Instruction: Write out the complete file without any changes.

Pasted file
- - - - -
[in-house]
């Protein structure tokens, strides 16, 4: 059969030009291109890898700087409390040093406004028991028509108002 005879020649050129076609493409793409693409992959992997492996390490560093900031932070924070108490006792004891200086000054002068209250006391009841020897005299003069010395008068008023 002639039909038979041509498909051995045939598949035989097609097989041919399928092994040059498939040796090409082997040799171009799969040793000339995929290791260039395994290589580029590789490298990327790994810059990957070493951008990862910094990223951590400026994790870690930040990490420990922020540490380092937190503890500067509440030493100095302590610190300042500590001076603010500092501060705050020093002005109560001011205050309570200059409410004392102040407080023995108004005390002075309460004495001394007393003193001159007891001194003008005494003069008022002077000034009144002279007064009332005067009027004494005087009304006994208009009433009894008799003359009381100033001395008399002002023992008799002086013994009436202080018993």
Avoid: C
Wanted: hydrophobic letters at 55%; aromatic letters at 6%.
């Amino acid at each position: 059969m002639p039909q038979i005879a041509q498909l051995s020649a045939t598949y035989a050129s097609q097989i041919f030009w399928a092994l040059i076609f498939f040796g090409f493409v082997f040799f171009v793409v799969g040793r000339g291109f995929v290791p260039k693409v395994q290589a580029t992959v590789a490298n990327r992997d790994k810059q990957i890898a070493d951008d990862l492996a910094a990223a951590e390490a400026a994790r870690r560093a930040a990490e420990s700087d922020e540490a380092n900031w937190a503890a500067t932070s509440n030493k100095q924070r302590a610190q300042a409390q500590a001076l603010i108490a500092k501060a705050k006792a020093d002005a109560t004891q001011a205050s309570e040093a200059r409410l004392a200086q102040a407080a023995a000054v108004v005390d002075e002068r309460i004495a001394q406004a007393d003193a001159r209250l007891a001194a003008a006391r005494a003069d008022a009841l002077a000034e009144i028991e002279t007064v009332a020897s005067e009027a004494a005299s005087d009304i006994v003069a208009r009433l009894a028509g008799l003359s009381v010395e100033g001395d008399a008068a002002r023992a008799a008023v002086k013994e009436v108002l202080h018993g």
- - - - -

[in-house]
């Protein structure tokens, strides 16, 4: 059969030009291109890898700087409390040093406004028991028509108002 005879020649050129076609493409793409693409992959992997492996390490560093900031932070924070108490006792004891200086000054002068209250006391009841020897005299003069010395008068008023 002639039909038979041509498909051995045939598949035989097609097989041919399928092994040059498939040796090409082997040799171009799969040793000339995929290791260039395994290589580029590789490298990327790994810059990957070493951008990862910094990223951590400026994790870690930040990490420990922020540490380092937190503890500067509440030493100095302590610190300042500590001076603010500092501060705050020093002005109560001011205050309570200059409410004392102040407080023995108004005390002075309460004495001394007393003193001159007891001194003008005494003069008022002077000034009144002279007064009332005067009027004494005087009304006994208009009433009894008799003359009381100033001395008399002002023992008799002086013994009436202080018993």
Avoid: C
Wanted: hydrophobic letters at 55%; aromatic letters at 6%.
């Amino acid at each position: 059969m002639p039909q038979i005879a041509q498909l051995s020649a045939t598949y035989a050129s097609q097989i041919f030009w399928a092994l040059i076609f498939f040796g090409f493409v082997f040799f171009v793409v799969g040793r000339g291109f995929v290791p260039k693409v395994q290589a580029t992959v590789a490298n990327r992997d790994k810059q990957i890898a070493d951008d990862l492996a910094a990223a951590e390490a400026a994790r870690r560093a930040a990490e420990s700087d922020e540490a380092n900031w937190a503890a500067t932070s509440n030493k100095q924070r302590a610190q300042a409390q500590a001076l603010i108490a500092k501060a705050k006792a020093d002005a109560t004891q001011a205050s309570e040093a200059r409410l004392a200086q102040a407080a023995a000054v108004v005390d002075e002068r309460i004495a001394q406004a007393d003193a001159r209250l007891a001194a003008a006391r005494a003069d008022a009841l002077a000034e009144i028991e002279t007064v009332a020897s005067e009027a004494a005299s005087d009304i006994v003069a208009r009433l009894a028509g008799l003359s009381v010395e100033g001395d008399a008068a002002r023992a008799a008023v002086k013994e009436v108002l202080h018993g």